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The Roaring Twenties

Historical and contextual information for Fitzgerald's _The Great Gatsby_
by

Kyle Ethridge

on 21 September 2012

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Transcript of The Roaring Twenties

The Roaring Twenties The Jazz Age The Jazz Age Began in the early 1920's after the first Great War, WWI.
Was affected by Modernism
"WWI was a turning point in American life, marking a loss of innocence and a strong disillusionment with tradition." The Jazz Age Literature of this time also addressed the "American Dream."
3 Main Points of the American Dream
American = New Eden
Optimism of the American people
The self-reliant individual
Largely attributed to Emerson. The Jazz Age The American Dream ultimately failed, however, as a result of the war and the following economic depression.
People became less optimistic and increasingly cynical. The Jazz Age: Art Also during this time, the literary center of American culture shifted from New England to the Mid-West, South, and West.
Two new intellectual movement appeared: Marxism and psychoanalysis.
Stream of consciousness techniques began to appear. The Jazz Age "In 1919, the Constitution was amended to prohibit the manufacture and sale of alcohol, which was singled out as a central social evil."
This is the Prohibition era. Flappers, bootleggers, jazz music, and gangsters began to appear.
F. Scott Fitzgerald named this period _The Jazz Age_. The Jazz Age "The Jazz Age at home was racy and unconventional. The same decade of the 1920's witnessed the flight of many American authors to an expatriate life abroad, especially in France."
Americans began to think of other places as exotic.
This wave of "expats" further signaled the failure of the American Dream. The Jazz Age "Disillusionment is a major theme in the fiction of the time."
The Modernist authors of this time contributed heavily to the body of Western literature.
Examples: Hemingway, Fitzgerald, Pound, Eliot, Cummings, Stein, Joyce, and Millay.
Imagist and Symbolist poetry began to develop. Elements of Modernism Emphasis on bold experimentation in style and form
Rejection of traditional themes and values
Sense of disillusionment and loss of American dream
Rejection of the ideal of a hero as infallible
Interest in the inner workings of the human mind The Jazz Age Many Modern artists sought to "make it new."
This accounts for the innovations in literature during this time. The Jazz Age Apart from the classic Modernist authors, America also gained many new and now famous authors.
Poets: Robinson, Frost, Masters, etc...
Harlem Renaissance Authors: Dunbar, Johnson, McKay, Hughes, Cullen, etc...
Western and Southern Literature: Jeffers, Cather, Roethke, Cather, Lowell, and Faulkner F. Scott Fitzgerald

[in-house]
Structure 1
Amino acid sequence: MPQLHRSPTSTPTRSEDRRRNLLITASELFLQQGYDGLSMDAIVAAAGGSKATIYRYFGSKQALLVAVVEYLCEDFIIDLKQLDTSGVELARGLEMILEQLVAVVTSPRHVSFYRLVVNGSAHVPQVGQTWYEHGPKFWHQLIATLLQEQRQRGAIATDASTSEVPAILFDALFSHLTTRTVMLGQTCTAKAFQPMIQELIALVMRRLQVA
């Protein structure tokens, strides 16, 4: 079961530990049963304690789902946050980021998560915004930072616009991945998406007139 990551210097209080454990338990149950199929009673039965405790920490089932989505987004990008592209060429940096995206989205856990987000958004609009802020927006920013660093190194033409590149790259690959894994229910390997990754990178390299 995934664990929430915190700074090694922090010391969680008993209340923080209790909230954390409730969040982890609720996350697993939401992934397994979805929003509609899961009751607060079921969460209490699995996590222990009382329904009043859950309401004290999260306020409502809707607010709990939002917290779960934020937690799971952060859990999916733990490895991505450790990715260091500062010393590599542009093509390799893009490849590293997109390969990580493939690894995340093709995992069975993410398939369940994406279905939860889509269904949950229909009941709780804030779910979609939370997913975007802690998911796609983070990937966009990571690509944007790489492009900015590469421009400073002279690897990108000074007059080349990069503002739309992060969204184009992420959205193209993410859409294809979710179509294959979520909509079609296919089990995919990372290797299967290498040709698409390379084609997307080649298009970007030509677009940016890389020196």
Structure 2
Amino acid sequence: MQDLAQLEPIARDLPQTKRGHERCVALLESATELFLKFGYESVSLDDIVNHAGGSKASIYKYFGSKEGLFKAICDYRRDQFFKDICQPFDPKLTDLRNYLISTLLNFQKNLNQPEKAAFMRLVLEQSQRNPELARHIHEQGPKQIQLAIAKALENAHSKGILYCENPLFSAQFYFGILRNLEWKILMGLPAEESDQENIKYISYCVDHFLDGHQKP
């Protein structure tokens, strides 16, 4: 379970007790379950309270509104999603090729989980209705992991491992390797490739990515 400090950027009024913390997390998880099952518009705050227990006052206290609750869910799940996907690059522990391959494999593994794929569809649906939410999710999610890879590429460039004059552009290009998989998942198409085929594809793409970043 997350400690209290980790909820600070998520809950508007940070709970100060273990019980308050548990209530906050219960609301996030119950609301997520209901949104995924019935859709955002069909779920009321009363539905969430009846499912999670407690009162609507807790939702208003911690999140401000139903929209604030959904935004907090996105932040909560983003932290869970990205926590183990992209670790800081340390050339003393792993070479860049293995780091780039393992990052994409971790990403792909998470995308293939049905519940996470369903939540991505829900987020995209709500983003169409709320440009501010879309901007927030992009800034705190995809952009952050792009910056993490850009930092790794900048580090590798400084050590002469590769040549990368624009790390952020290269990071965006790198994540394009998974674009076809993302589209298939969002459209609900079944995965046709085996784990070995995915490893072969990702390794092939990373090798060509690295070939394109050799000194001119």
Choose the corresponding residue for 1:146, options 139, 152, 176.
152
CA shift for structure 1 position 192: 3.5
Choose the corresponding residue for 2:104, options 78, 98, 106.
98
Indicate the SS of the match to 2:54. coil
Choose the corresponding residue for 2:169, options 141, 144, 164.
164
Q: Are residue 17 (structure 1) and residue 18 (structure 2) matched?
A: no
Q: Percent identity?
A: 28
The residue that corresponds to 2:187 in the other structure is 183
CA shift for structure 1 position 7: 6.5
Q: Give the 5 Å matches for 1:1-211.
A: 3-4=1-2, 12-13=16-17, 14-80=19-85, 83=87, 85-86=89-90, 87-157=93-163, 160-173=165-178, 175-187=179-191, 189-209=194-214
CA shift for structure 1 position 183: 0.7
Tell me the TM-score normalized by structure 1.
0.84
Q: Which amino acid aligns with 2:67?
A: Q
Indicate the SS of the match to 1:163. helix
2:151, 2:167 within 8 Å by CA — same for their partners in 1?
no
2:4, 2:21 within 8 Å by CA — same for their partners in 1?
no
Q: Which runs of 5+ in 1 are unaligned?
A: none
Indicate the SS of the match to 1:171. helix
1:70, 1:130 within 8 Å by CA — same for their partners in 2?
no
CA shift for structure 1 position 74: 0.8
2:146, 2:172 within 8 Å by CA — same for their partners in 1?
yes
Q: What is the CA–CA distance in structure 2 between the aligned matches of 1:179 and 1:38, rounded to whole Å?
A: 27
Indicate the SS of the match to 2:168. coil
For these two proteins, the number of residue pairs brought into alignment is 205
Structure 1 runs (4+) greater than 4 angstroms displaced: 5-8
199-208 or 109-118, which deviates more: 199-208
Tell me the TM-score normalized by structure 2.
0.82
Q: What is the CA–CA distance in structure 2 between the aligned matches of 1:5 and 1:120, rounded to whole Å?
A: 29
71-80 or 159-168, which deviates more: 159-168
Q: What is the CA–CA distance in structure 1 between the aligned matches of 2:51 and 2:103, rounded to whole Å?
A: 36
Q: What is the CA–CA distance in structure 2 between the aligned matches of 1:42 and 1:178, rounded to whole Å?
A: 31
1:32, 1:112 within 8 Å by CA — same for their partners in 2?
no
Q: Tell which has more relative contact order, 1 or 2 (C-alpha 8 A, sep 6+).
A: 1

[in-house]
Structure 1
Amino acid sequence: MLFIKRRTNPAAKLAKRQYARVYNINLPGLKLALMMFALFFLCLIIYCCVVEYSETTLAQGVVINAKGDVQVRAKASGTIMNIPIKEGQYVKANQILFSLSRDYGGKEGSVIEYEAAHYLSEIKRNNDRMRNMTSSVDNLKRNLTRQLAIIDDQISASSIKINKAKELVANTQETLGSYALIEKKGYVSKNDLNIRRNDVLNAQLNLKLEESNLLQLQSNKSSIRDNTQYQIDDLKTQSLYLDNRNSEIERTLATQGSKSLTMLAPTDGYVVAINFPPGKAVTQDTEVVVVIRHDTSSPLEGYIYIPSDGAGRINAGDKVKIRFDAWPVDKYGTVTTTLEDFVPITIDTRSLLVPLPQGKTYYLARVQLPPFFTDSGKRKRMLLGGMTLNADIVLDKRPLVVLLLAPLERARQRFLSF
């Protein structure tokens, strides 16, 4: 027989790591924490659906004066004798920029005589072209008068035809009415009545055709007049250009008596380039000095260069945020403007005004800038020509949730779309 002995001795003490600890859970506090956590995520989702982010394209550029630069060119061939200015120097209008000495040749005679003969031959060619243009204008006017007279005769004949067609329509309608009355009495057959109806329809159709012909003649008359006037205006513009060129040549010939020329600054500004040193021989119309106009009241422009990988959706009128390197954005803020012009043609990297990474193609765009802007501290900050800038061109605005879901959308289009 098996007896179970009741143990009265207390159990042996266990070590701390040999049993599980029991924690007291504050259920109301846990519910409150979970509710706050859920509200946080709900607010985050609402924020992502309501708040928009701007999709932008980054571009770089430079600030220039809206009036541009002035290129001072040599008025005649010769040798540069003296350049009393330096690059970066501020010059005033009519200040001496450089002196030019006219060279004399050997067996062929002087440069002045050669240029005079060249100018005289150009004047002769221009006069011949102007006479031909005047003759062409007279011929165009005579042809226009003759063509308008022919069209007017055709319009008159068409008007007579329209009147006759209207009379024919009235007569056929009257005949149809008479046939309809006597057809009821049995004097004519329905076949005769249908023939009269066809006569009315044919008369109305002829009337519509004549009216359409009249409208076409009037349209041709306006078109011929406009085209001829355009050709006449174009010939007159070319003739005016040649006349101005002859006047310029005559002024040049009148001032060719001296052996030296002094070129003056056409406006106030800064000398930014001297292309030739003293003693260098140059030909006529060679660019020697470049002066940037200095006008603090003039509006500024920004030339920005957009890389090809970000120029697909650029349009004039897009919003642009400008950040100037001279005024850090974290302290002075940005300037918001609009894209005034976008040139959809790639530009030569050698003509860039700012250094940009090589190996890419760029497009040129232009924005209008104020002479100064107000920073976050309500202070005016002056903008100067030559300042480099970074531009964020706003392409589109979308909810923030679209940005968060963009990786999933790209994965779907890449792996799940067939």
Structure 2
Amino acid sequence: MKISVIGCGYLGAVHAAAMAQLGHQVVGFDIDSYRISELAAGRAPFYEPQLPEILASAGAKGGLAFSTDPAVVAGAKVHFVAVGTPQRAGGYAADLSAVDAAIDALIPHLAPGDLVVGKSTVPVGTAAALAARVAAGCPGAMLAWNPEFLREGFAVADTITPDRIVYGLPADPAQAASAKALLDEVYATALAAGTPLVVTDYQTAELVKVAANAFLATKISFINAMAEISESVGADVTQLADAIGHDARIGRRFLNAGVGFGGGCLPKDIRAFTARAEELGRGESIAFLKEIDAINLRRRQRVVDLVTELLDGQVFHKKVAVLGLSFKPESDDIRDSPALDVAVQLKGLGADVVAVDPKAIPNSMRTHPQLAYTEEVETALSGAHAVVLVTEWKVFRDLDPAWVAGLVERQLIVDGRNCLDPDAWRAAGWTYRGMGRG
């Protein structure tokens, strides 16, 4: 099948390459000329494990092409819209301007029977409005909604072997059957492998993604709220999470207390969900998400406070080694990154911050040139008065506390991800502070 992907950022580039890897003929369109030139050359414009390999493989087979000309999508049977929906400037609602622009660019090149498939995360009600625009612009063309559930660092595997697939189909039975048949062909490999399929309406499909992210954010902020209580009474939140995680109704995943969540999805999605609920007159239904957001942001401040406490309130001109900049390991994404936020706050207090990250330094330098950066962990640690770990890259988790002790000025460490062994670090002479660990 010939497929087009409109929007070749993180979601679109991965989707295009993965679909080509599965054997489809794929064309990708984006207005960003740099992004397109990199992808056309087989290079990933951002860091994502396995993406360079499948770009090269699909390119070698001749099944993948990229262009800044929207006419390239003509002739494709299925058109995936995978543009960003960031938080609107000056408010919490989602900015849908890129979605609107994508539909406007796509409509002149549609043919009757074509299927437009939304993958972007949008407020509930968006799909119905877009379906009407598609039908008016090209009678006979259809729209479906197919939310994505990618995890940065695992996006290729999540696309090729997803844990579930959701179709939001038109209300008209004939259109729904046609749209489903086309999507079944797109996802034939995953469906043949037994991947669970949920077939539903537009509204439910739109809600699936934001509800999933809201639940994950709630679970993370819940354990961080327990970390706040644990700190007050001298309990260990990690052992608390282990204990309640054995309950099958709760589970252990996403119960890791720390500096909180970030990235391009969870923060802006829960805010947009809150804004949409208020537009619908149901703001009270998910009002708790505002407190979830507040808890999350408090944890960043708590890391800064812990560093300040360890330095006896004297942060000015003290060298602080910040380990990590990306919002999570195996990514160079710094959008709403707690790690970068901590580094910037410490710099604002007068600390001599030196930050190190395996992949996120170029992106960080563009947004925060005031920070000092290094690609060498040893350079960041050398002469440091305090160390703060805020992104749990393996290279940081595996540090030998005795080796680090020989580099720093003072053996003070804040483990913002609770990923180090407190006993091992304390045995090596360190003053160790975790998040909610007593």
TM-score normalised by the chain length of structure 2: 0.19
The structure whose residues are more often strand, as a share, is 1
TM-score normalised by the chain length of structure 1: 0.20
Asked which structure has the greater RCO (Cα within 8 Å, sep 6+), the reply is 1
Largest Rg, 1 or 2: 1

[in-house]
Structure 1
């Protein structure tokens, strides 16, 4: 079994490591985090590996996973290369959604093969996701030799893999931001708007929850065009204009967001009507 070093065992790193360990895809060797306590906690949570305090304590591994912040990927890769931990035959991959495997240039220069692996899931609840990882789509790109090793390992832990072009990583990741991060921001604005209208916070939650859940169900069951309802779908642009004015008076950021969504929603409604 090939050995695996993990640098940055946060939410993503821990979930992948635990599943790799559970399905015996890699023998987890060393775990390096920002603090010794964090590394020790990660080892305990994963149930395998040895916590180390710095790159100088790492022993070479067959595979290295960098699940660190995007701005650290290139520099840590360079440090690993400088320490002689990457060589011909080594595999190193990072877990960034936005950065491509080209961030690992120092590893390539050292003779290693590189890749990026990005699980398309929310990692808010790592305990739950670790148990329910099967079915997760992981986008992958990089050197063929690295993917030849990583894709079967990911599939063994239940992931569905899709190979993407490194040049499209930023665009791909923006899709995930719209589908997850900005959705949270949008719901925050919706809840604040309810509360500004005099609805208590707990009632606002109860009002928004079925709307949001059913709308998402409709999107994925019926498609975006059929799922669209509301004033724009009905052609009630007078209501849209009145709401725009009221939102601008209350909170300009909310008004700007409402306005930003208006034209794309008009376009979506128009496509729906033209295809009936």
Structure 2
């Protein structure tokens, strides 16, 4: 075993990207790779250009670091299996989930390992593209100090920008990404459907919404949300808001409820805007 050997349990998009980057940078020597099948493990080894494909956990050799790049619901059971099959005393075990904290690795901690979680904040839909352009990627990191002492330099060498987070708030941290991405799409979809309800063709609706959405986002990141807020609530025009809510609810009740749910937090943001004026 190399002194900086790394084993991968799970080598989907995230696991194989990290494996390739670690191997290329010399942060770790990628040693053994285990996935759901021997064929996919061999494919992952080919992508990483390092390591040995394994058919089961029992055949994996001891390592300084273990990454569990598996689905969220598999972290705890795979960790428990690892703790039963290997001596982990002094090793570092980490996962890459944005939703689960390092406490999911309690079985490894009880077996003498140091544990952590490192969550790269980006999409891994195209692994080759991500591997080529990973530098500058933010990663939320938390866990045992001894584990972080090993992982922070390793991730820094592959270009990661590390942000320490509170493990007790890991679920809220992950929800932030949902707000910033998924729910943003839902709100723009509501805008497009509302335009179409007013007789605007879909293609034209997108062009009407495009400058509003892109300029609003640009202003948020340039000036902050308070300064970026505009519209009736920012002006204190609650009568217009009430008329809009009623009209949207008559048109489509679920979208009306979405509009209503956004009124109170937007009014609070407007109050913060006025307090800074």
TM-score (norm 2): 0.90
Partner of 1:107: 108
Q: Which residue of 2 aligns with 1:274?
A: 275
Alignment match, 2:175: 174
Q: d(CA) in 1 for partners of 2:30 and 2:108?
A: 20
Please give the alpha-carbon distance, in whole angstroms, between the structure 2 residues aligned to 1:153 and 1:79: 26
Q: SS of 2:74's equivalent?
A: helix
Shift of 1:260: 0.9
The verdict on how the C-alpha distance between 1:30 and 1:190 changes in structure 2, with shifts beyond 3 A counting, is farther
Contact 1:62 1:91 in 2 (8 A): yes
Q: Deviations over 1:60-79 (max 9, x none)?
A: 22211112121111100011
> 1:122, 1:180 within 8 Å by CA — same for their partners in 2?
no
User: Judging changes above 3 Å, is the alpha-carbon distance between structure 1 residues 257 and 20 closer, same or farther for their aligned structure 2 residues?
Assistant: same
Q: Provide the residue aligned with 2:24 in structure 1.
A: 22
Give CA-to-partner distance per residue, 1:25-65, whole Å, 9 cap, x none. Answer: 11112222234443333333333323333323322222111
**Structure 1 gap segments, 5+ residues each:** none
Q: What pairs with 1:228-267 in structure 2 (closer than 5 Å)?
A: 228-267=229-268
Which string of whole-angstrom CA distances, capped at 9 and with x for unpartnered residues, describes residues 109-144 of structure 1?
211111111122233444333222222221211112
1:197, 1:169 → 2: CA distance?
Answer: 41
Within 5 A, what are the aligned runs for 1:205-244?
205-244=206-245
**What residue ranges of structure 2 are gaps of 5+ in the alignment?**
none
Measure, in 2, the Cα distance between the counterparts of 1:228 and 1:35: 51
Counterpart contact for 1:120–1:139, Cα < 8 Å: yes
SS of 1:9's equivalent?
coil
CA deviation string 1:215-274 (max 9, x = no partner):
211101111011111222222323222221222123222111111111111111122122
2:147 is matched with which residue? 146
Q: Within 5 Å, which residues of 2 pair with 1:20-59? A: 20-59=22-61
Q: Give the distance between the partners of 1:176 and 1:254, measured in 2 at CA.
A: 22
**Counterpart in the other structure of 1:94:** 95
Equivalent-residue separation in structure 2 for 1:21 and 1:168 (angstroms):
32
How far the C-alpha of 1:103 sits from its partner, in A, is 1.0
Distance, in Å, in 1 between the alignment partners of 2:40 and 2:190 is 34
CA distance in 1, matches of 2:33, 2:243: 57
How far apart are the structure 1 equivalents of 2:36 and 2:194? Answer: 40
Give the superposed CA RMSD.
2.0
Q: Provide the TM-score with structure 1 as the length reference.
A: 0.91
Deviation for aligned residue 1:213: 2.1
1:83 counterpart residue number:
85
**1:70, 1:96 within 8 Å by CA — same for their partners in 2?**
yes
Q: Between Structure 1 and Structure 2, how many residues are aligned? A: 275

1869-1940 F. Scott Fitzgerald Born Francis Scott Fitzgerald in 1896 to a relatively rich family in St. Paul, MN.
He was a failure in school and sports but an excellent daydream and writer.
He entered Princeton in 1913, writing for several clubs and for himself. F. Scott Fitzgerald He entered WWI in 1917 but was never deployed.
While station in Camp Sheridan in Alabama, he met Zelda Sayre whom he would later marry.
Both "hungered for new experiences." The couple lived in France briefly. F. Scott Fitzgerald After 1926, the Fitzgeralds' finances and health began to dwindle.
Zelda was in and out of asylums after having a mental breakdown.
He began to write scripts for Hollywood and mediocre short stories for money.
While writing _The Last Tycoon_, he died of a heart attack in 1940. The Fitzgerald Family in 1925
F. Scott, Frances, and Zelda Modern Art
& Poetry _Nude Descending a Staircase_
Marcel Duchamp, 1912 The Jazz Age "Postwar writers became skeptical of the New English Puritan tradition and the gentility that had been central to the literary ideal."
Many Americans were not directly involved in the war -- Hemingway, for example.
Still, they wrote what they experienced as a result of the war. F. Scott and Zelda Fitzgerald
_Midnight in Paris_, 2011 George Braque
_Violin and Candlestick_, 1910 Wassily Kandinsky
_On White II_, 1923 Piet Mondrian
_Composition in Red, Blue, and Yellow_, 1930 F. Scott Fitzgerald Shortly after this period of his life, his first novel, _This Side of Paradise_, was published.
His second novel, _The Great Gatsby_, was published in 1926.
The novel was a financial disappointment for the Fitzgerald's. The Jazz Age This literature reacted against the previous movement: Victorianism.
Victorian literature focused on the middle-class worker, morals, and the merit of virtue.
For the most part, Modernist literature reacts against those beliefs. Questions?
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